C - Better Temperature Control & Quieter Operation

Current LPG heaters run a single speed fan turning on and off as required by the thermostat. Because of this, LPG heaters struggle to maintain a constant temperature. The latest diesel heaters use microprocessors to control combustion and airflow (variable fan speed) and can maintain a constant room temperature.

   D - Conclusion

Though diesel heaters are a significant investment and are most expensive to buy than LPG heaters, they are cheaper in the long run. In return for your investment, you will have extended use of your recreational vehicle all year round in absolute comfort, convenience and safety.

Using diesel fuel to heat the RV is a good way to save LPG for your fridge and to maximise your ability to freedom camp in remote locations without the need to refill gas cylinders.


When helping you choose your new heater they will probably ask you the below questions. The answers to these questions will help you determine your need for a more or less powerful heater (2KW or 4KW) as well as to pick the right installation kit.

      A - Usage related questions:

  • Do you intend to spend a lot of time in cold locations? If you plan to stay in snowy locations, a more powerful heater is recommended.
  • What is the size of your motorhome? Most of our RVs are equipped with 2KW heaters. If your RV is closer to bus-size, a 4KW heater will heat up your space quicker
  • Does your motorhome have many large windows? a lot of energy is lost through window glass. The more windows you have the larger the heat loss.
  • Would you like to heat up several areas of you vehicle at the same time? Depending on the number of rooms you want to heat up at the same time, you'll have the option to choose a heater with 1, 2 or 3 outlets.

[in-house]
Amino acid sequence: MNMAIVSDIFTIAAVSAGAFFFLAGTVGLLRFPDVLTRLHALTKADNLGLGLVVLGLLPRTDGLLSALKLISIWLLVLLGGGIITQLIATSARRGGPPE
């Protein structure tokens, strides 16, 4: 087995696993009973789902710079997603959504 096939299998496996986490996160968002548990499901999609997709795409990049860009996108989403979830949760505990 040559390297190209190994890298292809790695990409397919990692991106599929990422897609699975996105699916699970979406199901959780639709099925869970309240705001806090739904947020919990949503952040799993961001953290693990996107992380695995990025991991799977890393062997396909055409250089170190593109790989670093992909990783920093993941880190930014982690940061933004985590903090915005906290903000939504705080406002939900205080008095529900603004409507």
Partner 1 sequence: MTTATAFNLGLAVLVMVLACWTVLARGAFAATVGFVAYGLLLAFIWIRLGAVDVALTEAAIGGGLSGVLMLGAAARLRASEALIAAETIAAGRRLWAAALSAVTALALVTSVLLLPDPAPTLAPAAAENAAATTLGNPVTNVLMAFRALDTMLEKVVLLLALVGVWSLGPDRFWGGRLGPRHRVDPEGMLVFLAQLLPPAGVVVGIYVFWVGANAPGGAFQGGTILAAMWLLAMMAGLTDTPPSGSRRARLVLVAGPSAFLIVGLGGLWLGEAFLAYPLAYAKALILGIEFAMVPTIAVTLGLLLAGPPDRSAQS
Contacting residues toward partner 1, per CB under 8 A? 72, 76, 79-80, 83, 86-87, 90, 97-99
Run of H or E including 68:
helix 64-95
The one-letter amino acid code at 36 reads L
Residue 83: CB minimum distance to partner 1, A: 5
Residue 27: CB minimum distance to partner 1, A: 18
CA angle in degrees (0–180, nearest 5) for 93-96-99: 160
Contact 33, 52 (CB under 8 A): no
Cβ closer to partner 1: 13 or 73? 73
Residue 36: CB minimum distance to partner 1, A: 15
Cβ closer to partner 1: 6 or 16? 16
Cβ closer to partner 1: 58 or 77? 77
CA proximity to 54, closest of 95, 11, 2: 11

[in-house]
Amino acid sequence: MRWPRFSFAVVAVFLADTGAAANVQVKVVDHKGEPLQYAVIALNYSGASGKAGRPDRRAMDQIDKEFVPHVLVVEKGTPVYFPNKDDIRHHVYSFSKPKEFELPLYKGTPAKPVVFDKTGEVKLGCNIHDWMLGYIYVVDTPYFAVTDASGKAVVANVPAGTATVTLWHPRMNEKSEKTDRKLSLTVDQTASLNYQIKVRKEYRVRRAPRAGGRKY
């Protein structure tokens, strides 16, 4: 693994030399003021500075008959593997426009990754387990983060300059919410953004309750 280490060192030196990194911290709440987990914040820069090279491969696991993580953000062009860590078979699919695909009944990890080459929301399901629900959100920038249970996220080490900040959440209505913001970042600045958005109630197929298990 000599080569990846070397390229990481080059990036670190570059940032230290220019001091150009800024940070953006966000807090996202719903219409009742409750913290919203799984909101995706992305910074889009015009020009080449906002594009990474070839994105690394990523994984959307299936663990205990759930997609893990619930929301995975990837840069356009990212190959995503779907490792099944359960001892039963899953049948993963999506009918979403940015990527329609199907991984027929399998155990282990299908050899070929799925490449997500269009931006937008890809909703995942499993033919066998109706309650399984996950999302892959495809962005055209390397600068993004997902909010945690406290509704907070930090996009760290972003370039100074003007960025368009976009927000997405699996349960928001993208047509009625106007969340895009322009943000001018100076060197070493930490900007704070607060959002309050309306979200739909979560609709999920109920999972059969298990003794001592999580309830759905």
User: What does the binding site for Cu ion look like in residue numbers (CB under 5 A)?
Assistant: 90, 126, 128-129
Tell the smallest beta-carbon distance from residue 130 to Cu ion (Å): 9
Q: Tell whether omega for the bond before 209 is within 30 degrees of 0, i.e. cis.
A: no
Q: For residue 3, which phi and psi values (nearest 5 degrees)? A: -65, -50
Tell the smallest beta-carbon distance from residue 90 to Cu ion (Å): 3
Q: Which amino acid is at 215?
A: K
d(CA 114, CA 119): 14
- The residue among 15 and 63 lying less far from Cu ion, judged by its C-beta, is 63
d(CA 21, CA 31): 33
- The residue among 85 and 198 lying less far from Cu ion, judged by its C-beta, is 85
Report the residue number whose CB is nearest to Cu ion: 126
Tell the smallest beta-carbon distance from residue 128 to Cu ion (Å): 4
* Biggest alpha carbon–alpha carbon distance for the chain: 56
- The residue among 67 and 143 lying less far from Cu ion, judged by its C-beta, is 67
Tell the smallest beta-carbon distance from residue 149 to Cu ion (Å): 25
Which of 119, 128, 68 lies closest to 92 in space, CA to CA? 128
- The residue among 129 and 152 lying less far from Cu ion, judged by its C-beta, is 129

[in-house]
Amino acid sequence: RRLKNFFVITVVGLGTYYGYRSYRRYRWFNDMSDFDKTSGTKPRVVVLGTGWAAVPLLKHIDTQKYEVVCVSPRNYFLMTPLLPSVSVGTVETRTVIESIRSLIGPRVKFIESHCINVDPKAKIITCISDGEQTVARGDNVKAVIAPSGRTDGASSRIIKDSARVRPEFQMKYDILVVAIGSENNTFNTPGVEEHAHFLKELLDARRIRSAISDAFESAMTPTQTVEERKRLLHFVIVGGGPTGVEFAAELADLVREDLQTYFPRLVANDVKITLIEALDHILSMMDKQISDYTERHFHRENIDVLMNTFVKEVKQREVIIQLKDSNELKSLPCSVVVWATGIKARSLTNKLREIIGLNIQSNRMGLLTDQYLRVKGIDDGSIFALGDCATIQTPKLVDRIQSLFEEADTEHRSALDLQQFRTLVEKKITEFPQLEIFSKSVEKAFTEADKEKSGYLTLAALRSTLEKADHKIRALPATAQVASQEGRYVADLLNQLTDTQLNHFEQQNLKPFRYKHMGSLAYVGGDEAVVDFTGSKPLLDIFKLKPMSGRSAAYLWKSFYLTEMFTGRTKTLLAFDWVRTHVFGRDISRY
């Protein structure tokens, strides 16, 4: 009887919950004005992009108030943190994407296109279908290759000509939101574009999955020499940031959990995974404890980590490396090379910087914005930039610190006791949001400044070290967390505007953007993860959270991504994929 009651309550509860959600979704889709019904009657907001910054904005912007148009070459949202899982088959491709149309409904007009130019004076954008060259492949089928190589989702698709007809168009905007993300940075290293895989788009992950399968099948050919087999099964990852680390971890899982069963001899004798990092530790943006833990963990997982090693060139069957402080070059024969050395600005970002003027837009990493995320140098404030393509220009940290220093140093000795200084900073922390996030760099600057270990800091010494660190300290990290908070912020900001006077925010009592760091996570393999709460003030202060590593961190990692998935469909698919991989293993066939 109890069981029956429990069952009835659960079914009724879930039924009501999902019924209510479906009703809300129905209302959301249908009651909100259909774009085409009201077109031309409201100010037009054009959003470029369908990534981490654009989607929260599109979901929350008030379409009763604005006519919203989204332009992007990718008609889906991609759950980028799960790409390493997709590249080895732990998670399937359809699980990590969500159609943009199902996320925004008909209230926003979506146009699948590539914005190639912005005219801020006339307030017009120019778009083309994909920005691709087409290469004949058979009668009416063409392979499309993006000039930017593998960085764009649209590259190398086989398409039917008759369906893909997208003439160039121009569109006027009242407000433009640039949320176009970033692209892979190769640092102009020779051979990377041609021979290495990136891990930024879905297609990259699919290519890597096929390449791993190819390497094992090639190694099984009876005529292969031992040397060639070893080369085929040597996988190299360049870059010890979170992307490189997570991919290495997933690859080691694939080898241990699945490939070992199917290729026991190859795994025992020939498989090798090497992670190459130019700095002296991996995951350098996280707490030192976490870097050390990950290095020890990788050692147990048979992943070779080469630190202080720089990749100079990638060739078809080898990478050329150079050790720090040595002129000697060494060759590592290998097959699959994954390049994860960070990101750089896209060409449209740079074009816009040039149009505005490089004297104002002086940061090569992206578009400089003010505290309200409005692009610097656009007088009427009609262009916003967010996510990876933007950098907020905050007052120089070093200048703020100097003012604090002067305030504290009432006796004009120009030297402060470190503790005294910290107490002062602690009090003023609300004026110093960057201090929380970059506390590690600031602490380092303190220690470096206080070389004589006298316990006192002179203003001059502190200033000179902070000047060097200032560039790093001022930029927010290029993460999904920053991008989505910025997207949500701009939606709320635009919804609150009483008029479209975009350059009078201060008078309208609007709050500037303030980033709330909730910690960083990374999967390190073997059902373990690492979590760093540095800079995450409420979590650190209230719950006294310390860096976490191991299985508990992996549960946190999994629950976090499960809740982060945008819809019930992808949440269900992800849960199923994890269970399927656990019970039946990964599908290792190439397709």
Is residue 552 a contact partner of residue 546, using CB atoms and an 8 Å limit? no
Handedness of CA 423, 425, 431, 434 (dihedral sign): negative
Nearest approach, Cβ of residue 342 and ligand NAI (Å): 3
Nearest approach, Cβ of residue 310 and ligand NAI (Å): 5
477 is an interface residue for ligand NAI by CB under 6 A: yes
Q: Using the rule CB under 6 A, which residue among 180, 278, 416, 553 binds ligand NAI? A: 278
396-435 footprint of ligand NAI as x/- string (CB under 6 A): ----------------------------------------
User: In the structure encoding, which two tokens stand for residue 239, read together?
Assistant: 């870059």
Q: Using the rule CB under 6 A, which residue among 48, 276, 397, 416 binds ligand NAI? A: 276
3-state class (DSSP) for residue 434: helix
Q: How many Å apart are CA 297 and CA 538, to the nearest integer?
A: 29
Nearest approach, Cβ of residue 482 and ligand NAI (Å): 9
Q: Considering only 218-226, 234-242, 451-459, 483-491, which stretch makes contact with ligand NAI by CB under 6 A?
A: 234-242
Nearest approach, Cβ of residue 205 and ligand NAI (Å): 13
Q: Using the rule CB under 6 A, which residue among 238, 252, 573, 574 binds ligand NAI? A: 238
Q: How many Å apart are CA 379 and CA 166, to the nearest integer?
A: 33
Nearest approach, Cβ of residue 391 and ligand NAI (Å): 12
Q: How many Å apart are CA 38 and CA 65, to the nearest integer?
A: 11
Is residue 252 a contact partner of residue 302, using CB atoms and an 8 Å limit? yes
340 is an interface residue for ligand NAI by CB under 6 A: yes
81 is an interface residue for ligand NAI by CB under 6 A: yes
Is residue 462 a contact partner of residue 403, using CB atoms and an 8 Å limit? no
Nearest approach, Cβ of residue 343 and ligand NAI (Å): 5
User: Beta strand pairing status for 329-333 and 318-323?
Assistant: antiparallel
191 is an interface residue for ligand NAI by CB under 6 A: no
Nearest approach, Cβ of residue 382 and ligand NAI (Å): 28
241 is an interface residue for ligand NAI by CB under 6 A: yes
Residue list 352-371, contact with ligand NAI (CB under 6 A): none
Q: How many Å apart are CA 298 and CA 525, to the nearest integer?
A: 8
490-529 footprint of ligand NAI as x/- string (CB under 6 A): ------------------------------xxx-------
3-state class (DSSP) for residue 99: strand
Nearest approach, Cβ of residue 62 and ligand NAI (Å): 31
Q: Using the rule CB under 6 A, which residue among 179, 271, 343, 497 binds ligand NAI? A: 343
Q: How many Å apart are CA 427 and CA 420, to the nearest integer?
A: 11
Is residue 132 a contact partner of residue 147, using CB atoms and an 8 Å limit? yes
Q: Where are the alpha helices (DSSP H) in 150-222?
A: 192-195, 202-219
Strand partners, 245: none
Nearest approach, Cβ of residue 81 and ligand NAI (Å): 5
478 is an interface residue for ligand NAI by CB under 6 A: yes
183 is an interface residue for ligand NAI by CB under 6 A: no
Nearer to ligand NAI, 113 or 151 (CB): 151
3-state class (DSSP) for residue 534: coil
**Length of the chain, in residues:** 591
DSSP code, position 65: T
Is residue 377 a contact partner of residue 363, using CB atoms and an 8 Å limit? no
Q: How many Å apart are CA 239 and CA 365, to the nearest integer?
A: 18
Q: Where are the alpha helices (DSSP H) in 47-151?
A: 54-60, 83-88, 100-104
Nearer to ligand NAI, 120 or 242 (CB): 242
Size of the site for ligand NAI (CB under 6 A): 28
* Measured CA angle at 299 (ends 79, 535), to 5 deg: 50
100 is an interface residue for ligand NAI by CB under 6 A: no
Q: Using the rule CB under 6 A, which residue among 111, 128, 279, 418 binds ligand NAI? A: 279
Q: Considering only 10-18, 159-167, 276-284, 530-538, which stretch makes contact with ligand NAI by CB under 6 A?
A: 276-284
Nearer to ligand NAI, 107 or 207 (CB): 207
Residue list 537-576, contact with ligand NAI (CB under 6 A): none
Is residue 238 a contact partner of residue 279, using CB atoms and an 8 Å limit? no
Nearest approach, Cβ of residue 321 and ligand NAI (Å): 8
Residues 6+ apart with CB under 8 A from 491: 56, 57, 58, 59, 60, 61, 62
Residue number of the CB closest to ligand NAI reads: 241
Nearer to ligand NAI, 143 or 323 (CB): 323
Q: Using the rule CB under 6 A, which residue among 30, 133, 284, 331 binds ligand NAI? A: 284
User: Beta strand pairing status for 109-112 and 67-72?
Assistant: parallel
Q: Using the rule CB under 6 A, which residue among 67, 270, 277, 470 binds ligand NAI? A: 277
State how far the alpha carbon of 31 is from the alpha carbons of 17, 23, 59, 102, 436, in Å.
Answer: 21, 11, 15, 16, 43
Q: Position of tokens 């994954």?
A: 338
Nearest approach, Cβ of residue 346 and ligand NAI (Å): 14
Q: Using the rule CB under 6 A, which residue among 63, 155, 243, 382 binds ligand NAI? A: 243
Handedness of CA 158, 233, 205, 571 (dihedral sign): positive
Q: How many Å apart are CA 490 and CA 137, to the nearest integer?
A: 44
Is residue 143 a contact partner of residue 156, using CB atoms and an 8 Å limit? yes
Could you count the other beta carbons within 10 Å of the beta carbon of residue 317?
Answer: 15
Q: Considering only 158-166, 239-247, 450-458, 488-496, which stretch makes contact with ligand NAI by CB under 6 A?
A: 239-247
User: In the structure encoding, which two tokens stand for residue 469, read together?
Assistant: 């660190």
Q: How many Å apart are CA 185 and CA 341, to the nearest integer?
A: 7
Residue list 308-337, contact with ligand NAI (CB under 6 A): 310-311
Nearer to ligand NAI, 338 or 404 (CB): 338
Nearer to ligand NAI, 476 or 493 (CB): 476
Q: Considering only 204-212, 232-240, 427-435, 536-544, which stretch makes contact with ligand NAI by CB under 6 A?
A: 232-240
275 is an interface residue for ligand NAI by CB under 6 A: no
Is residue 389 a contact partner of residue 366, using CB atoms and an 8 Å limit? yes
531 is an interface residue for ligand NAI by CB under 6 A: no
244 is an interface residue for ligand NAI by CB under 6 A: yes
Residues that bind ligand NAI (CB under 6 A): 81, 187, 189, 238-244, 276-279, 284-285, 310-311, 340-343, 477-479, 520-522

B - Technical constraints:

  • What brand and model is you RV? Installation kits are specific to each model of RV.
  • What duct size does your current heating system use? We suggest you use the same duct size in order to cut down the installation cost.

Our knowledgeable staff are always available to help you pick the right products for your needs.

The RV Super Centre Heating Department.



Whatever fuel option you decide to go with, we recommend you use the services of a professional installer. The amount of work required to fit a heater on an RV can vary a lot.
Installing an LPG heater will require a certified technician to connect the LPG connections and certify the gas installation design layout. An LPG heater will also require an annual inspection for compliance.

Diesel heaters can be installed on vehicles powered by a petrol engine. In that case, an additional external tank will have to be installed to carry the diesel fuel. 

Call our Service Centre to discuss your options and requirements, they are here to help you get the most out of your motorhome.

Check our wide range of diesel heaters.